Mr Zhu said this had combined with a slow structural crisis in a number of developing countries and warned that those that resist market reforms “will face trouble”.

In Latin America, Brazil’s President Dilma Rousseff sought to reassure investors that this week’s currency collapse in Argentina would not spread to the Brazilian real. She insisted that all contracts would be honoured and that foreign funds would be “treated well”and said ,

“Today, the stability of our currency is a central value of our country.”

The real has weakened by 20% against the dollar this year, breaking through the crucial line of 2.40 in trading yesterday.

The Telegraph has more here: 

In Argentina is a country I have a special interest in, as I part-own a small business down there, which is going surprisingly well. It seems from our contacts in Buenos Aires, that we are looking at the beginning of the end for Cristina. Argentina will now suffer from a period of stagflation, but it has a much better chance of getting on a better track in the next few years, when we see the back of Cristina.

China: People are only worried now about the “hard landing”

From this morning’s  South China Morning Post

“The risk of a hard landing for China’s economy and the threat of military conflict with Japan were among the top concerns for experts gathered at the World Economic Forum.”

Have a read of  this  for more.

Meanwhile, the Wall Street Journal’s Chinese website reports this morning that China Credit Trust has reached agreement with investors (see Friday’s and Thursday’s note).

Investors are being asked to contact their wealth manager for details, the short report said.

China Credit Trust and Industrial & Commercial Bank of China have been in talks with local governments in Shanxi province over the CNY 3 billion trust product. It had been reported that this trust would fail to pay out its dividends on Jan 31st

The news overnight that a deal has been done to avoid default, helps account for a little more risk appetite with stocks and yen crosses higher, but there had been growing expectation that an agreement would be reached.

The major worry is that this is the beginning of something. As I have argued here time and again, the upshot of years of excessive credit growth is rarely years of sustainable economic growth but years of defaults, dodgy banks and massive State intervention to bolster the financial system.

This process brings to mind the wonderful quotation from the English economist John Stuart Mill about crises.

“The crisis itself does not  destroy wealth, but merely evidences the extent to which wealth has already been destroyed by stupid financial investments made in the boom”

China remains the biggest risk (stocks were down 1% again overnight) to our positive developed market growth outlook. We like Chinese stocks at today’s prices, but will wait till well after the China New Year before considering any investment because there could be more unexploded bombs buried deep in the Chinese banking system. They could go off any time.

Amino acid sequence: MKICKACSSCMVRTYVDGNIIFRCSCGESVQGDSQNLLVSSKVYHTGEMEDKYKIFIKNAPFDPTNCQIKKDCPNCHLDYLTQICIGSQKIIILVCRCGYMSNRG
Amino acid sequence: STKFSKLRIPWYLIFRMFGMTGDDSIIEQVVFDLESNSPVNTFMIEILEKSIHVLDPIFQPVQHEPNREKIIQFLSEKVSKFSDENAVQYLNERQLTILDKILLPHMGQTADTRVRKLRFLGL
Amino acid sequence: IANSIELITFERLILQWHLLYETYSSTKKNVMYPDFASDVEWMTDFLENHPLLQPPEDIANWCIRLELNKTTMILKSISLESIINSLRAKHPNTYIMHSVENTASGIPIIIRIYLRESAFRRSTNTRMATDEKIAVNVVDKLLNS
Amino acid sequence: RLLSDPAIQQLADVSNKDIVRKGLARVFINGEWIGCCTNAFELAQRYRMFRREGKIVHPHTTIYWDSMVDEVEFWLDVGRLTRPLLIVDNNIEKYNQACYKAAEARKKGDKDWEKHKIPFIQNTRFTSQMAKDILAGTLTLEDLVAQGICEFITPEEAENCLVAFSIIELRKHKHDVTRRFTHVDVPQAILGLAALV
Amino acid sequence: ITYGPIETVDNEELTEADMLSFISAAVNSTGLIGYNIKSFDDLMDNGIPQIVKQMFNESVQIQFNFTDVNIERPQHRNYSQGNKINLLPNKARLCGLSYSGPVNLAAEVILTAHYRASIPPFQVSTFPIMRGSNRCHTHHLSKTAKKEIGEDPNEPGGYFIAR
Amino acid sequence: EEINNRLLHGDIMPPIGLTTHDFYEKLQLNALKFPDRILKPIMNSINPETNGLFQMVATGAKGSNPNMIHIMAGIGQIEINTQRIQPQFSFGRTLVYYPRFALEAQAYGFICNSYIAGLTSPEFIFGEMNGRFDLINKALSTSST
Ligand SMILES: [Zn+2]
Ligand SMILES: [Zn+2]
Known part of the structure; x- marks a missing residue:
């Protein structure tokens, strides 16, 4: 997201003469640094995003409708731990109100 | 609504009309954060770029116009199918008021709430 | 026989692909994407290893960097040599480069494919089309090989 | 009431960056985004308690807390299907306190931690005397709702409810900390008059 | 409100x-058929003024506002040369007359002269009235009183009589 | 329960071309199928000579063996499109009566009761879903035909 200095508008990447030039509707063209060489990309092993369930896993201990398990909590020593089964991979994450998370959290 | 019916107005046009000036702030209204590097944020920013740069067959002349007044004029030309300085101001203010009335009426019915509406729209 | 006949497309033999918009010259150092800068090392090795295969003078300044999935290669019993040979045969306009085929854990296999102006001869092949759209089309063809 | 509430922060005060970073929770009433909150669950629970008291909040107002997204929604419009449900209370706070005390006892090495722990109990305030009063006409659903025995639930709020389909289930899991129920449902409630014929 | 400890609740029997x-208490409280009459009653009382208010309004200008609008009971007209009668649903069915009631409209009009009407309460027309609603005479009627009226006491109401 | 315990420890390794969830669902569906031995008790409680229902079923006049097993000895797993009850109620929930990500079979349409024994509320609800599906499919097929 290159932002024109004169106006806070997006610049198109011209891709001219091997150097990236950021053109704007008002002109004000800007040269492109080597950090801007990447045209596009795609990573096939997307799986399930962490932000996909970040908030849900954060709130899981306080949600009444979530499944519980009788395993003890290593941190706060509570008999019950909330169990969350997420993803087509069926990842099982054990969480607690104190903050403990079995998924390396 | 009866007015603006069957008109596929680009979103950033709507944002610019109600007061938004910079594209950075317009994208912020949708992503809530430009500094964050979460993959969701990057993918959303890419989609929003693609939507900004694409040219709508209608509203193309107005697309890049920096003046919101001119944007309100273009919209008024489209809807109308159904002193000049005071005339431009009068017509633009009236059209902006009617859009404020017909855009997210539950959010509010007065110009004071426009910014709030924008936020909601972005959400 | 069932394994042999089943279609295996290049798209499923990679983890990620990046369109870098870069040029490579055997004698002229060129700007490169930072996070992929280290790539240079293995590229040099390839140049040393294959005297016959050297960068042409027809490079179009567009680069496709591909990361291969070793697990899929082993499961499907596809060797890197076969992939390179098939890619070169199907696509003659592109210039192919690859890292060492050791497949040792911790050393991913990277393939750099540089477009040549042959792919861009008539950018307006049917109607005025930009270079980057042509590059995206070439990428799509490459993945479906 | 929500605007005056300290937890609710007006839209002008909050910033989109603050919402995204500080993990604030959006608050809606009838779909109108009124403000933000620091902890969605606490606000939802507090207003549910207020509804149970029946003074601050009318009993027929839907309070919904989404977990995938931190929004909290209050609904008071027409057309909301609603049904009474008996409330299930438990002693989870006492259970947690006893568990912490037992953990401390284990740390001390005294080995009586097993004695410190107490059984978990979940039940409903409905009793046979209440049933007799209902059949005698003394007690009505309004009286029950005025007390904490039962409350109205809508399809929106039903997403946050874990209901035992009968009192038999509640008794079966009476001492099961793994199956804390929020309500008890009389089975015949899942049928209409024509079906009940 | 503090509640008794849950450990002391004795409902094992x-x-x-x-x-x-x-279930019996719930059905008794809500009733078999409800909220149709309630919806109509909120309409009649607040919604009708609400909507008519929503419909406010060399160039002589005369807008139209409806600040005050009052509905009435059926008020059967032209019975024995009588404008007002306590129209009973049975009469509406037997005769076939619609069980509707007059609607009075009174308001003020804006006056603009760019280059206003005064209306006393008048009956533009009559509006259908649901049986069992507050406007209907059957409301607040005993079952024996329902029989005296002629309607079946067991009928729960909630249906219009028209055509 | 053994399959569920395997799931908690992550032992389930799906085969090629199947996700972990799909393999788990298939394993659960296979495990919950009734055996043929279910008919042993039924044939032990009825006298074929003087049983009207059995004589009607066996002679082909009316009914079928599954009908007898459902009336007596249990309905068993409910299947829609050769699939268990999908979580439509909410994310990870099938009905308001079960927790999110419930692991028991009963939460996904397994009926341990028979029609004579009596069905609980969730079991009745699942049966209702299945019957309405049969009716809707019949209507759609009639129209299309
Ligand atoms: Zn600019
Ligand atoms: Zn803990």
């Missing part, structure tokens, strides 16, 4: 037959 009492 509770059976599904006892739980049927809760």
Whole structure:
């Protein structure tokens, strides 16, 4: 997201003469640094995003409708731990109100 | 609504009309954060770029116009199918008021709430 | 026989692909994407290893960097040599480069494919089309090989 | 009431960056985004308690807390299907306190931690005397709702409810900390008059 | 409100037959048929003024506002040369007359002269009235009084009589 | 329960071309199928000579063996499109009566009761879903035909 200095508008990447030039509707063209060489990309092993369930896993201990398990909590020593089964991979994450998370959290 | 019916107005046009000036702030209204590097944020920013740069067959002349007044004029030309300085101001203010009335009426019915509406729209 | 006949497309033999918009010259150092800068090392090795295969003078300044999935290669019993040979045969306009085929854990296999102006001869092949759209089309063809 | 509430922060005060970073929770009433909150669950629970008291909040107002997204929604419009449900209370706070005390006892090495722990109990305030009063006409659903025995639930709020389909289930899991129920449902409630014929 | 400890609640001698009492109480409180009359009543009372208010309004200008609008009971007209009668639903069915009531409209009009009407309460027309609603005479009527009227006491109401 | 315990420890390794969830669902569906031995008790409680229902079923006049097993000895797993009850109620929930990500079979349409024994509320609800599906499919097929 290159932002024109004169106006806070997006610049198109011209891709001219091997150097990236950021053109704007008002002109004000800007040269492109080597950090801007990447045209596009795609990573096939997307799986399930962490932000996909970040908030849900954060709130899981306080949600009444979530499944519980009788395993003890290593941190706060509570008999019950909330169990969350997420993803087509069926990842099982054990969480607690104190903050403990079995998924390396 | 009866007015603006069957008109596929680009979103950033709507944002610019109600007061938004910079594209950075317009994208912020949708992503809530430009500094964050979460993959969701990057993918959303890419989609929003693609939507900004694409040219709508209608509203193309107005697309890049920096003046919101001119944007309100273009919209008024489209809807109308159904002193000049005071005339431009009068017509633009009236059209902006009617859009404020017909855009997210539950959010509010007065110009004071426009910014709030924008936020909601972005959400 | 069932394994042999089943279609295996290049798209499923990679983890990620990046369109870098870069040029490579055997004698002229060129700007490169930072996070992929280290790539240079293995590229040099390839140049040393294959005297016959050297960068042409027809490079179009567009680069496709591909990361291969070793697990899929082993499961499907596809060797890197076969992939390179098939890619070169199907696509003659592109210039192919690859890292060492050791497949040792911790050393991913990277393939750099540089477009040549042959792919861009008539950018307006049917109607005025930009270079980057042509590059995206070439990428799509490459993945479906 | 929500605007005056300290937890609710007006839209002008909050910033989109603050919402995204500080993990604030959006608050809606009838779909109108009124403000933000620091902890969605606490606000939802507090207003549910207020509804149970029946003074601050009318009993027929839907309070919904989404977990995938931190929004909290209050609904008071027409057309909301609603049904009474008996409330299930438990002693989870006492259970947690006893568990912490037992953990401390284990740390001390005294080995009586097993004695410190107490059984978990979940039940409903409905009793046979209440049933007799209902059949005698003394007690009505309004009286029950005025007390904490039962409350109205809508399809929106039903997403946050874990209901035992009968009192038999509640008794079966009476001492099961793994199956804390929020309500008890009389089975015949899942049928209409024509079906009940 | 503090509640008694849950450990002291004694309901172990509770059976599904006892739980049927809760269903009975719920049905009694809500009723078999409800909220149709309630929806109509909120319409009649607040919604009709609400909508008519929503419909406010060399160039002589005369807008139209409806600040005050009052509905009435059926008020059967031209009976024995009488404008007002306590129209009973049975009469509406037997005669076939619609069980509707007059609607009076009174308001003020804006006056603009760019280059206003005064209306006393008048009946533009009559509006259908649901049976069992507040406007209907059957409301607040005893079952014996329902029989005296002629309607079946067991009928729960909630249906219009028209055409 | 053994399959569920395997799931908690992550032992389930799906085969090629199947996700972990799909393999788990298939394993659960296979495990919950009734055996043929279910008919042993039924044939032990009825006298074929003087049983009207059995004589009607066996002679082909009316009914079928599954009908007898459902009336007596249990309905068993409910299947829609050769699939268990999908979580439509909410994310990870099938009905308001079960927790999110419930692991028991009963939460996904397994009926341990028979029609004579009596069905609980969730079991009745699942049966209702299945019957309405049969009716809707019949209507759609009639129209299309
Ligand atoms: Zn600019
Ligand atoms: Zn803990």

Japan: BOJ’s Kuroda says Japanese inflation should hit the Bank of Japan’s target of 2 percent within two years

Kuroda spoke at the World Economic Forum :

  • He was quite optimistic about economic growth
  • He stressed that Japanese inflation and growth targets  “will be achieved but we are only half way; there’s still a long way to go”.
  • With one eye on geo-political events, he warned “We have to be mindful that there could be downside risks or upside risks from inside the country or abroad.”

The Yen has strengthened in line with the “risk off” move over the last few trading days. As we flagged after the BOJ press conference last week, in the short term the likelihood of further policy action from the BOJ is limited. We like USDYEN but would like to pick it up sub 100 for 3/6 month investment. At the moment it is a very crowded consensus trade.

United Kingdom: BOE’s Carney says “I am not signalling an exit of UK monetary policy here just to be clear”

Poor old Mark Carney had to clear up comments he made  at the World Economic Forum. Maybe he was suffering a bit of altitude sickness which all that social climbing.

  • He reiterated, that the exceptional policy stimulus remains very relevant for the British economy
  • He cautioned even when the central bank raises interest rates it will do so gradually

“I have already given some additional guidance on monetary policy and said there is no immediate need to raise interest rates. Even when that point comes which could be, well I won’t put a timeline, the increase would be gradual.”

After the  FT piece on Friday suggesting Carney had binned forward guidance, the head of the BoE tried to give the market further colour over the weekend.